Talc slurry pleurodesis in patients with secondary intractable pneumothorax: A phase 2 study

Hideo Saka, Masahide Oki, Yoshikane Yamauchi, Chiyoe Kitagawa, Akiko Kada, Akiko M. Saito, Haruhiko Kondo, Hirotaka Kida, Noriaki Takahashi, Akihiro Bessho, Katsuhiro Okuda, Hideki Miyazawa

Research output: Contribution to journalArticlepeer-review

Abstract

Background: Secondary pneumothorax, which occurs most commonly in the elderly, is caused by underlying diseases. Cardiac dysfunction and other organ inefficiencies may render surgical repair impossible. Such non-operative and poor-risk cases are targets for pleurodesis, which involves the instillation of chemicals or irritants to the thoracic cavity through injection, bronchoscopic bronchial occlusion, or other procedures. Sterile graded talc has been used for pleurodesis mainly in Europe and the United States; however, only a few studies and case series investigating this topic have been published. This study evaluates the efficacy and safety of talc slurry pleurodesis. Methods: Patients with inoperable secondary intractable pneumothorax, who were not candidates for surgical repair, were recruited. Four grams of sterilized talc was suspended in 50 mL of physiological saline and injected through a tube into the pleural cavity. Additional 50 mL of saline was subsequently injected through the same channel to clean the residual saline in the injection tube. Another additional talc instillation was allowed to control persistent air leakage. The primary endpoint was the proportion of drainage tube removal within 30 days after talc pleurodesis. Results: Thirty-one patients were included in this study. In 23 out of 28 patients, the drainage tube could be removed within 30 days of talc instillation (82.1 %, 95 % CI = 63.1–93.9), exceeding the threshold of 36.0 % (p < 0.0001). The most common event was pain (11/28 patients, 39.3 %). Conclusions: Talc slurry pleurodesis is effective for intractable secondary pneumothorax, with minor side effects.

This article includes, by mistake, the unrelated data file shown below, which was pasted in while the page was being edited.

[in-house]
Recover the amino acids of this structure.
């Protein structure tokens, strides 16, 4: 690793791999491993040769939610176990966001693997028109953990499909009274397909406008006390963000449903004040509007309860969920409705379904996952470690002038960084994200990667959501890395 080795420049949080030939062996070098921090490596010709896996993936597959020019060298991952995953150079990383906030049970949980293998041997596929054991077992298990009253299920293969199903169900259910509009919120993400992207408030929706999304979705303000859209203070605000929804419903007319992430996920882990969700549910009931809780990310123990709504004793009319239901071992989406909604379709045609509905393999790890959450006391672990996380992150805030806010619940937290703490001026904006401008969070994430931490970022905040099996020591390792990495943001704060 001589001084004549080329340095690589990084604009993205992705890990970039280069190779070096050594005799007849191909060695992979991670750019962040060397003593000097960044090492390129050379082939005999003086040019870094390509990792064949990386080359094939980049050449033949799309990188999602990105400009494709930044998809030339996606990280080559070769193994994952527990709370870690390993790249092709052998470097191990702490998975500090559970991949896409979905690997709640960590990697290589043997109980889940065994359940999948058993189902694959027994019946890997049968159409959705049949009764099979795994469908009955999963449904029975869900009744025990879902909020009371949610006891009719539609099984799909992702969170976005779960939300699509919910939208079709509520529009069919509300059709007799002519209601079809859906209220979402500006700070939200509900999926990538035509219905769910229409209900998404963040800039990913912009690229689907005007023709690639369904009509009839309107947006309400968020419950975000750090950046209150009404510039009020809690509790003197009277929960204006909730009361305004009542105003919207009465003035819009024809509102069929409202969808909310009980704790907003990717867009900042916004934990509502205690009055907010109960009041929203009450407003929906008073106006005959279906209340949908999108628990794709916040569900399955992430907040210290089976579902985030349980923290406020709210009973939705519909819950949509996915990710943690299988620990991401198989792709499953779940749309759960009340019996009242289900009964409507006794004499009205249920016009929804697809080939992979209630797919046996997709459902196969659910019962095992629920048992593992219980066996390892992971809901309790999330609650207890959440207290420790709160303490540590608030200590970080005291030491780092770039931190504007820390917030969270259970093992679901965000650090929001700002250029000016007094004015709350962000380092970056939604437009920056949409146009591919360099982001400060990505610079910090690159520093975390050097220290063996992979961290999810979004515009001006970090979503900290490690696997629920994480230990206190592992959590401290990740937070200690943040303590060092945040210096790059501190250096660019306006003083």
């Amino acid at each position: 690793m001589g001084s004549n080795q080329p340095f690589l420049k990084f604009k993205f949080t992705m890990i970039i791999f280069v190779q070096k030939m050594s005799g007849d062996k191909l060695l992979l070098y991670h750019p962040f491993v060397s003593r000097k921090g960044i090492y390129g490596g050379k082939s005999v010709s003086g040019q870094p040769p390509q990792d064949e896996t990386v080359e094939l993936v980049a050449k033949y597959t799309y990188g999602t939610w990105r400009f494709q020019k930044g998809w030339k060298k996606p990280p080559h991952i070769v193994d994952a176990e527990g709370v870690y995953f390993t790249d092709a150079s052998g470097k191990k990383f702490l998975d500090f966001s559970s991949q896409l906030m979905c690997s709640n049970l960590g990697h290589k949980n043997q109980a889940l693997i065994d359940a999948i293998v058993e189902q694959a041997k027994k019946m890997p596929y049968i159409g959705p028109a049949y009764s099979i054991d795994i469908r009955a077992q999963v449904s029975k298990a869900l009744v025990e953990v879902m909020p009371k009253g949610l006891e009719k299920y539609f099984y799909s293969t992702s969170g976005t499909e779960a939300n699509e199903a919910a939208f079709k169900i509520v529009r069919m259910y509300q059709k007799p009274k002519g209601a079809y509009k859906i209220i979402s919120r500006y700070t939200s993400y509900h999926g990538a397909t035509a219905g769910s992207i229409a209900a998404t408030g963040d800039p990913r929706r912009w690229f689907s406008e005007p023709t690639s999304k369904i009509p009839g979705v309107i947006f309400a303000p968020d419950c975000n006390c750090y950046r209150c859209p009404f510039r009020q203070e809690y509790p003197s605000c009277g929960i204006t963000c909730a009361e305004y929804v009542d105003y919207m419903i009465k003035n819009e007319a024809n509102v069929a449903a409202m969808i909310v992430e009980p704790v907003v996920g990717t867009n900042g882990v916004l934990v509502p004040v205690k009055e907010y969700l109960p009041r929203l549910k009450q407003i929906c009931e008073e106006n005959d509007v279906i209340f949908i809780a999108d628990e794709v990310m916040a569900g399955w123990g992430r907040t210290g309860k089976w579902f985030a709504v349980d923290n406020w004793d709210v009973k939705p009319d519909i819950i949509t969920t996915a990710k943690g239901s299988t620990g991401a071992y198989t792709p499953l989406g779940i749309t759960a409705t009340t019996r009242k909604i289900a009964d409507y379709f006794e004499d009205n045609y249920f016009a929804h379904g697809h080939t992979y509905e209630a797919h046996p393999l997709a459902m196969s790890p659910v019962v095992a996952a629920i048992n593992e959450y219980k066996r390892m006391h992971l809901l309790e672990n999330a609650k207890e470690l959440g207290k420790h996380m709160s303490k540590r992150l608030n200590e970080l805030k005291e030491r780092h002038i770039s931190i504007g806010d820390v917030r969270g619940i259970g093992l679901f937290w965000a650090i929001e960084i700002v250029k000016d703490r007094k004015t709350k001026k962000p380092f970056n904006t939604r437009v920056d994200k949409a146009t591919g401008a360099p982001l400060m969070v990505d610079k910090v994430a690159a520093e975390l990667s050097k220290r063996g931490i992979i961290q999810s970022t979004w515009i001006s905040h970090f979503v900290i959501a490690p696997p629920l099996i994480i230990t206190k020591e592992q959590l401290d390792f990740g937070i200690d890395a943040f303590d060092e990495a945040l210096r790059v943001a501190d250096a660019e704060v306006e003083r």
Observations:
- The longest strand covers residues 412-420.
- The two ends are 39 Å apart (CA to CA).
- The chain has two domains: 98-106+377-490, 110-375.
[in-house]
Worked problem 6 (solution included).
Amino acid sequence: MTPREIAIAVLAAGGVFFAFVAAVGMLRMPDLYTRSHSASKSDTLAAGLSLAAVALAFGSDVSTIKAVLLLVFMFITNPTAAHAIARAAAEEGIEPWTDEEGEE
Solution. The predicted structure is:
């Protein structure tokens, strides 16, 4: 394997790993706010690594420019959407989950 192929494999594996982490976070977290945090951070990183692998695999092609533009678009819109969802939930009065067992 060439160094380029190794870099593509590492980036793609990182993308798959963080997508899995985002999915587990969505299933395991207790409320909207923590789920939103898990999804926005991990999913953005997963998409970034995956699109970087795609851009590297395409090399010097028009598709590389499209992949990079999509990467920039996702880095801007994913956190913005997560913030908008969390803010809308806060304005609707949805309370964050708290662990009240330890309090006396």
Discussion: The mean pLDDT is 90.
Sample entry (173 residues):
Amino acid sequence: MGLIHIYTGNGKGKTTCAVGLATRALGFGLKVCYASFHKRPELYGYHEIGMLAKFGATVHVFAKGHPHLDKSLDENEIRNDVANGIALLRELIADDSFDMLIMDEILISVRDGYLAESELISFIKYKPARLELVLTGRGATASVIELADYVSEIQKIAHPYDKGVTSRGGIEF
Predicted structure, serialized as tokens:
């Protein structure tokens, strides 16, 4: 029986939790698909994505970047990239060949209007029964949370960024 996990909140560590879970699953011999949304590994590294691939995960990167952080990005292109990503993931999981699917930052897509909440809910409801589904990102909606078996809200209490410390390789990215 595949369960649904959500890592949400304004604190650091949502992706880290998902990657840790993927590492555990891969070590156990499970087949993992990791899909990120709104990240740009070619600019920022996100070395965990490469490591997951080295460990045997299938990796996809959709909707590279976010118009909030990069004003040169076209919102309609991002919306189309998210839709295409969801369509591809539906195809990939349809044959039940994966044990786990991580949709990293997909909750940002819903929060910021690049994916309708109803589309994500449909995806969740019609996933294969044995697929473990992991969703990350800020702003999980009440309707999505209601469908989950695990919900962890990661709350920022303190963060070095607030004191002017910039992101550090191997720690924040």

Original languageEnglish
Pages (from-to)277-283
Number of pages7
JournalRespiratory Investigation
Volume62
Issue number2
DOIs
Publication statusPublished - 03-2024

All Science Journal Classification (ASJC) codes

  • Pulmonary and Respiratory Medicine

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